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Flight of the Madisons: Bellevue (Dumbarton House)

Flight of the Madisons: Bellevue (Dumbarton House)

Credit
White House Historical Association (Matthew D'Agostino)

Flight of the Madisons: Bellevue (Dumbarton House)

A contemporary view of Bellevue (Dumbarton House).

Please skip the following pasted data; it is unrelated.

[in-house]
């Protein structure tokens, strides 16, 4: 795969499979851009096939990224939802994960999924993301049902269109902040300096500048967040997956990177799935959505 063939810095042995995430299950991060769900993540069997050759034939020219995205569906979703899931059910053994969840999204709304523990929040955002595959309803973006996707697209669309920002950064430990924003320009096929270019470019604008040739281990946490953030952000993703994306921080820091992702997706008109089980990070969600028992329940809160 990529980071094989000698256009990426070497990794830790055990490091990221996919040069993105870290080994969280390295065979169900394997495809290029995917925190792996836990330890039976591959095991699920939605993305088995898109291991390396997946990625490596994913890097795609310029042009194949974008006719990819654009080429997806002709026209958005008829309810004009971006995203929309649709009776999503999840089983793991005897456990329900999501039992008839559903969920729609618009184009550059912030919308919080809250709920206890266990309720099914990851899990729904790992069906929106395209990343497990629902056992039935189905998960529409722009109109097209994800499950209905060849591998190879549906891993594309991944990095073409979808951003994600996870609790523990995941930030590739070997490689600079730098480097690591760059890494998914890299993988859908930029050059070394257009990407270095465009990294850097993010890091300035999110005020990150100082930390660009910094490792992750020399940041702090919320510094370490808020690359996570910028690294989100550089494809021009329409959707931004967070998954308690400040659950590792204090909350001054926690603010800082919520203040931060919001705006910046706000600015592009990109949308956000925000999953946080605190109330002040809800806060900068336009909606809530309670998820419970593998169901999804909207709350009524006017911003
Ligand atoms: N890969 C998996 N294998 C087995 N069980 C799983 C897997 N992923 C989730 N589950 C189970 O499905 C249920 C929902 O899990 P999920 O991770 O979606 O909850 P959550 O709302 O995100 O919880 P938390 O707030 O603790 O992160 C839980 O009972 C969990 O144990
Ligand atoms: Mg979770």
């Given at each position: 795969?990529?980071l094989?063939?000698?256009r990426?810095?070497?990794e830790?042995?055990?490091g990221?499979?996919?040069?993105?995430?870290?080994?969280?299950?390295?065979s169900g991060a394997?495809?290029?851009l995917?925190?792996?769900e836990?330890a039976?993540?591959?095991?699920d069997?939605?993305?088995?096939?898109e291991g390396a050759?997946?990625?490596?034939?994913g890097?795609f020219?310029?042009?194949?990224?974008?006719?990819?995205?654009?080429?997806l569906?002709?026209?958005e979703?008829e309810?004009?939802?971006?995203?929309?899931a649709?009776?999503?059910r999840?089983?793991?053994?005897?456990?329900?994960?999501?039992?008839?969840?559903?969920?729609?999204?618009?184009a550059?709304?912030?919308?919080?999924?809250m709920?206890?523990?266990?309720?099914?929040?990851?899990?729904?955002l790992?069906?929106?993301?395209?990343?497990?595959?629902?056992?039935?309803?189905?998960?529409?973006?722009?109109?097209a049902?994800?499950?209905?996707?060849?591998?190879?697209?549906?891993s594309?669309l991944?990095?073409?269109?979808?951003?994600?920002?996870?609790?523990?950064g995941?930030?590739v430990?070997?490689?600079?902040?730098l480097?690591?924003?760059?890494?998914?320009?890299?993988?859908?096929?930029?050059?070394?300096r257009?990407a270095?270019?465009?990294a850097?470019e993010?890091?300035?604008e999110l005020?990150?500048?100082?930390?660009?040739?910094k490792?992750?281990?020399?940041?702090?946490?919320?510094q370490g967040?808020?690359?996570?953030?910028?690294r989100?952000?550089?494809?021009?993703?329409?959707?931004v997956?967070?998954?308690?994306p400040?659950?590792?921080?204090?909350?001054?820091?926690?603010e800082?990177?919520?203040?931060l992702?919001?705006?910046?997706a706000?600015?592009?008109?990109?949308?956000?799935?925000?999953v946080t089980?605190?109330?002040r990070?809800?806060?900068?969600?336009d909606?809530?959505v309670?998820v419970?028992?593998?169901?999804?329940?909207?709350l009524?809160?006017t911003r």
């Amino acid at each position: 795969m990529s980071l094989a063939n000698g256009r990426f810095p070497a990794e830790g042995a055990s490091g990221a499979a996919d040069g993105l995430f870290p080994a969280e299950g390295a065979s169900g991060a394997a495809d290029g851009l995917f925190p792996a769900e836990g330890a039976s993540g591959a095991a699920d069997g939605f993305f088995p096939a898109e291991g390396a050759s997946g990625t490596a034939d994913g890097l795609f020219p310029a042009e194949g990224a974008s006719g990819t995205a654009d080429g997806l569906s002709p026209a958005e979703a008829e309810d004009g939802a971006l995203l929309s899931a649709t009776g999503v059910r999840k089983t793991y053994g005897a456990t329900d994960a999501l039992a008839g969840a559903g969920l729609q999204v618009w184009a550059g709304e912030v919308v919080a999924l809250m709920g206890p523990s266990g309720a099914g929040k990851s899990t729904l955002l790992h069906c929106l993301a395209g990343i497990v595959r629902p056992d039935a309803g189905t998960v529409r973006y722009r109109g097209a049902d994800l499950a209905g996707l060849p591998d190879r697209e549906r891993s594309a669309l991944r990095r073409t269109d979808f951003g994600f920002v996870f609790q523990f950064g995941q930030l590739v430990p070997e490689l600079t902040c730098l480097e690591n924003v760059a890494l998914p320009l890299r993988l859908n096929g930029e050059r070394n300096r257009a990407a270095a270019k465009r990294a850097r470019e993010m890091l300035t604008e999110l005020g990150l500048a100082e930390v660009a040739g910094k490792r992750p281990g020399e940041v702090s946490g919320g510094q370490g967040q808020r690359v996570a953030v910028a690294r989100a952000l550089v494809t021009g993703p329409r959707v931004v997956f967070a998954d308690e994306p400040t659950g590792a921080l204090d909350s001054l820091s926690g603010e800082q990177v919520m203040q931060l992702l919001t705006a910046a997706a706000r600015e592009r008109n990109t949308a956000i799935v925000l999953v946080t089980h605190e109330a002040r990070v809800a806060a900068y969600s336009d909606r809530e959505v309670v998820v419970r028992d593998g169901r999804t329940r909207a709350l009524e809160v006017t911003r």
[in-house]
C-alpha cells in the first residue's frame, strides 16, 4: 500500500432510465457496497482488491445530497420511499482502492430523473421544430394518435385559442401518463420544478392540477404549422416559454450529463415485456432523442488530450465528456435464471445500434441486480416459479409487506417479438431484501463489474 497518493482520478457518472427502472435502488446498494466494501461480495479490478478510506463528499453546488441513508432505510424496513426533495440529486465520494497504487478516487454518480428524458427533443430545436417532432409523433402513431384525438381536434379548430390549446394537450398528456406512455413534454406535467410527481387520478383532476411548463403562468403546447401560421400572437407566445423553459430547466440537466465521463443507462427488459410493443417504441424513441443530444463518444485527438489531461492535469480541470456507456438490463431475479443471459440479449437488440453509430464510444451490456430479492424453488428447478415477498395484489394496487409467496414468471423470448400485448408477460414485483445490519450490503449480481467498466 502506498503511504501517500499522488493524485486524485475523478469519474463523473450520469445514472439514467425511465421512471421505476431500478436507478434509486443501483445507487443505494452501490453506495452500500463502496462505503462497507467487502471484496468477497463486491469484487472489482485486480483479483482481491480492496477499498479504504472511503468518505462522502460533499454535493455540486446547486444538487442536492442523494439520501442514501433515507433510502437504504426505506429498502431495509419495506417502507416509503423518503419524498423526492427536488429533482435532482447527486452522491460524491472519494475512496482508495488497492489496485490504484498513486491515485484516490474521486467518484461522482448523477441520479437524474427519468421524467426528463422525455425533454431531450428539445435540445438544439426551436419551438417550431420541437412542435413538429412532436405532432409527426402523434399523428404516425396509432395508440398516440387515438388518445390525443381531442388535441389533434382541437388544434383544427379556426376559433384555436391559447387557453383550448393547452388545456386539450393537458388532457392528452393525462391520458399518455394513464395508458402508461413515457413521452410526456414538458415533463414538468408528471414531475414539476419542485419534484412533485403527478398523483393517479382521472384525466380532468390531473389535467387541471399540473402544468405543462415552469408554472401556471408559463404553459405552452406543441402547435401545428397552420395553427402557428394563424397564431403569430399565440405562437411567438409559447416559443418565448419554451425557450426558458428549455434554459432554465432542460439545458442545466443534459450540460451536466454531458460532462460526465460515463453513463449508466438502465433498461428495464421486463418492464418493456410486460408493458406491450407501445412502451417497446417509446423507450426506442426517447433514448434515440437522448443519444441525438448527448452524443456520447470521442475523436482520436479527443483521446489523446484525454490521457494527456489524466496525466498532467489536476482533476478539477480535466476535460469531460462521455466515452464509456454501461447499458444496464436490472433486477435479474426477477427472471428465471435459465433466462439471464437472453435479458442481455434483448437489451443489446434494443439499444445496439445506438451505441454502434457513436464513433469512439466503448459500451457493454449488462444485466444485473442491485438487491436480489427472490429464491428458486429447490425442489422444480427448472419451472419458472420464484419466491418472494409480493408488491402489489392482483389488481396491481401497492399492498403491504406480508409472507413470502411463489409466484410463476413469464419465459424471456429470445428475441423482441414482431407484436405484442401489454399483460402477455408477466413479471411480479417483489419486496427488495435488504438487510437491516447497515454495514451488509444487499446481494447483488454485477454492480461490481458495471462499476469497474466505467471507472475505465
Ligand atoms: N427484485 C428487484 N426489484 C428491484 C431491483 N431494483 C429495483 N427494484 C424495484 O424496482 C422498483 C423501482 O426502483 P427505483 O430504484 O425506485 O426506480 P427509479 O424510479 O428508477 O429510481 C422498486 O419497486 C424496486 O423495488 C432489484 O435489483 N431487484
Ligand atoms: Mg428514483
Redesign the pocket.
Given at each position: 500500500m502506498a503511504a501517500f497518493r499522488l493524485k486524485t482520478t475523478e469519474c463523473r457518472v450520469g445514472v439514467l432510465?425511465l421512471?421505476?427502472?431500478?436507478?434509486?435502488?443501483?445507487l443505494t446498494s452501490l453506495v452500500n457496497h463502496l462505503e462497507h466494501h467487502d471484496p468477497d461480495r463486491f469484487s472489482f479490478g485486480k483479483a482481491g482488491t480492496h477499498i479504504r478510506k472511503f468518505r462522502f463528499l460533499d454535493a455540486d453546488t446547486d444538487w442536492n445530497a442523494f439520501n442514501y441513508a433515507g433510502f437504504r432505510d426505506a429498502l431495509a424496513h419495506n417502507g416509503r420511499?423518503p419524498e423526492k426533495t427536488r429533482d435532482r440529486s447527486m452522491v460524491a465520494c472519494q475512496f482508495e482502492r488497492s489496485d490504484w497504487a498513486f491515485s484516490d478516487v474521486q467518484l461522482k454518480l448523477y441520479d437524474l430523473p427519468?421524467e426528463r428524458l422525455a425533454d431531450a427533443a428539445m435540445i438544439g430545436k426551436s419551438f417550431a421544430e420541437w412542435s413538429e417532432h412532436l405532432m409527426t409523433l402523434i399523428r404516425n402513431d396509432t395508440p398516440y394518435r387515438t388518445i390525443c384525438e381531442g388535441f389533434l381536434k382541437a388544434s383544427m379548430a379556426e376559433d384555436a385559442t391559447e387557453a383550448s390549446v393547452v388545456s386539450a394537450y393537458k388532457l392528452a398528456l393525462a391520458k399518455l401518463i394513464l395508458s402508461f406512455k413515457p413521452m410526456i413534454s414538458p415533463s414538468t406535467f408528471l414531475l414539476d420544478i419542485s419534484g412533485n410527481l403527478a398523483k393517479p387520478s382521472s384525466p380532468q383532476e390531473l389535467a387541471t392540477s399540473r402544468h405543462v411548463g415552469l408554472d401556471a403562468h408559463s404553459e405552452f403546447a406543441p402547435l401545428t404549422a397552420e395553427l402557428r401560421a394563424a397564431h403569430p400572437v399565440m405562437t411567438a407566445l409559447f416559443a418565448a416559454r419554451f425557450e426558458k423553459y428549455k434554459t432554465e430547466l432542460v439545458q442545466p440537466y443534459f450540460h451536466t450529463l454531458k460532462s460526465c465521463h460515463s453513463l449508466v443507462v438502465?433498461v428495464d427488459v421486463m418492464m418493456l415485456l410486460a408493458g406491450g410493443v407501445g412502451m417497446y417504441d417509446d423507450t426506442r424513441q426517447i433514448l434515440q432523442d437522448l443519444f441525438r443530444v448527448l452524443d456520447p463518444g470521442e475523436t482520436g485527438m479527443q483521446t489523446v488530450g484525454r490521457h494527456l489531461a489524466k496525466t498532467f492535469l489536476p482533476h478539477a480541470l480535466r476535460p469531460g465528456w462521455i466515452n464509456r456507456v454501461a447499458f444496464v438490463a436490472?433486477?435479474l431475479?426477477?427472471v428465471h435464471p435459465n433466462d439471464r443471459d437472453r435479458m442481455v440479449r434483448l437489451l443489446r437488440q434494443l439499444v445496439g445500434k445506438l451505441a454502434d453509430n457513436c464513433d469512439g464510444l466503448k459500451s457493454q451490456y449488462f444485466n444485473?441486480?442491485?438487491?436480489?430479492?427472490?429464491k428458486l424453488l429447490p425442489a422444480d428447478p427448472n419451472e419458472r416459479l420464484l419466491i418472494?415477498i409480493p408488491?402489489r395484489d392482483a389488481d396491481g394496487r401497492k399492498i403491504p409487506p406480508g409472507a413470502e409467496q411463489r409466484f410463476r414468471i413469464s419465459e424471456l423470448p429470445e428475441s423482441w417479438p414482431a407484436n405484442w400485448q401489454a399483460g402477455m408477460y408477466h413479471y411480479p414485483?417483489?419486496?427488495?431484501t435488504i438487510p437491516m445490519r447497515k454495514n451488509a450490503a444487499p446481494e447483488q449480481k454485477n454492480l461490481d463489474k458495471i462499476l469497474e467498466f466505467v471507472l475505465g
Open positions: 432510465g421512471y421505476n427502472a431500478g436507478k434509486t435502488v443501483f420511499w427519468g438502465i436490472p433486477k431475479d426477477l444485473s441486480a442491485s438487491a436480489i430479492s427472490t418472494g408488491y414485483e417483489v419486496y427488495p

A Federal-style house built in 1799 for Samuel Jackson, a Philadelphia merchant, Bellevue was purchased by Charles Carroll in 1813. Carroll was among those who convinced Mrs. Madison to leave the President's House during the burning of Washington in 1814, and he escorted her to Bellevue along with her enslaved maid Sukey, her sister Anna Cutts, and Anna's children. Located in Georgetown in the middle of Q Street, in 1915 Bellevue was moved 100 feet to its present site to avoid demolition. It was renamed Dumbarton House in 1928 when the National Society of Colonial Dames of America acquired the property and established it as a historic house museum and the national headquarters for the organization.

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